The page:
I have had the pleasure of giving the below explanation of my philosophy and approach towards professional legal recruiting to hundreds of attorneys on countless occasions. I thought that I would write down this information for those who may wish to get a preview of how I work as they contemplate entering into a professional relationship with me. I hope that this will provide the reader with a sufficient introduction to my services.
1) Preliminary (or continuing) professional advice: My core philosophy and approach towards the legal recruiting function is that it is primarily one of education. I believe that a recruiter is one part of a whole (albeit informal) team of professionals that each attorney should work diligently to create for themselves. To that end, I believe that recruiters can provide a vital function to the attorney before, during, and/or after his or her placement, or in lieu of placement for an attorney who believes that his or her current firm's platform fulfills his or her professional goals. And that is the function of keeping the pulse on the legal market. Having a recruiter as a collaborator has distinct benefits in this regard. A recruiter knows what the firms are in a given market, who their clients are (to some extent), what markets they are attempting to expand into, and what markets they have retreated from. More broadly, a recruiter keeps up with trends in the industry, in basically all practice areas. A recruiter may not be a specialist in more than a few particular niche markets, but quite simply knows more about a greater number of markets than the typical practicing attorney. In my own practice, I make it a habit to communicate with my candidates, as well as with my other attorney collaborators, on a regular basis through newsletters and other alerts and to draw their attention to timely pieces written by others.
2) Preparation: Each recruiter approaches his or her professional differently. I tend to stress professional-development issues. Below I have described the three main categories of issues to be addressed in the actual search process:
a) First, I like to provide a thorough analysis of a candidate's resume content. Of course, different attorneys have different levels of commitment regarding how their resumes will look and read. If you do not want to entertain the idea of incorporating changes to your resume, that is fine. On the other hand, my candidates who have allowed me to critique their resumes find that it is a very enlightening process. Perhaps more important, I invariably hear from candidates coming out of their call-back interviews that the partners interviewing them were amazed at the content and quality of their resume presentation. It can be real work, but it is worth the effort in my view. Usually, this is conducted in a series of emails, phone calls, and personal interviews, if logistics permit. Usually, we can make marked improvement in only two or three rounds of revision.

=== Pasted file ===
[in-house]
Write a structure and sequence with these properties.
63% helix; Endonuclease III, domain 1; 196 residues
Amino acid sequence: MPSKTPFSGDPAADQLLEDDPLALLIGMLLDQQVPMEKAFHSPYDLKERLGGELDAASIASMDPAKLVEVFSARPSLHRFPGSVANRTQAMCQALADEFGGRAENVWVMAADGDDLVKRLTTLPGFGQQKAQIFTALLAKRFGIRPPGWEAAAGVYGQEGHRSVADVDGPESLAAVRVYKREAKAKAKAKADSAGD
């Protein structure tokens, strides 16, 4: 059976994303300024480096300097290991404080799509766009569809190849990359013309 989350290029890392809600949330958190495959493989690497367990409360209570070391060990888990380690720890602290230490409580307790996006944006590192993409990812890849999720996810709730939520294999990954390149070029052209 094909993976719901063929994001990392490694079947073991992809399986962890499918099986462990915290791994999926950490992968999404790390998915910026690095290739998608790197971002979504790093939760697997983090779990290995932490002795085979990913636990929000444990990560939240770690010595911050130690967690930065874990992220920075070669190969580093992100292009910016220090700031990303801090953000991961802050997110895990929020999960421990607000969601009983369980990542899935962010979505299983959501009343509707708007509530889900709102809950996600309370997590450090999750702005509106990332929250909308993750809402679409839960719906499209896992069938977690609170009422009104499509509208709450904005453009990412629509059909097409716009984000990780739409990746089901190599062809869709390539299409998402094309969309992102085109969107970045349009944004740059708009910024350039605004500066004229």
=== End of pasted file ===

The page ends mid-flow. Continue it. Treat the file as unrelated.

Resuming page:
b) Next, and perhaps more controversially, I ask my candidates to complete, if they will accept the challenge, of writing the "I love me" email. Laugh if you will. But it is an intriguing concept and a powerful tool. I ask for a long, free-flowing email about a candidate's professional, academic, and other real-world experiences, challenges, strengths, and successes-from undergraduate days on through to the present. It is a challenging but very enlightening exercise. On the most banal level, it gives me as your recruiter something to work with to flesh out my cover package for prospective firms. However, this aspect is not to be underestimated. Let me explain. The old paradigm of an attorney working his or her entire career at one law firm—and the depth of knowledge and level of intimacy that that would engender—is still a strong one. I have had partners tell me that they feel that they know my candidates better, after reading my cover letter, than they do their own, "home-grown" associates. Knowledge, in this context, is a very great power, indeed. This is the post-modern world; the individual is all. Firms want to know who their people are; in reality, the only difference between one firm and another is its people. For this reason, firms are spending vast sums of money figuring out who they are, who they want, how to attract that talent, and how to retain it. Thus, a firm that feels it understands a particular candidate is much more likely to hire that person, even over another candidate that may be marginally better on paper, but whom they do not feel they understand. Regardless, the exercise of the "I love me" email will go a long way, to the extent a candidate has not already done so, of fleshing out what his or her true strengths and desires are, to say nothing of discovering the individual's true "professional temperament."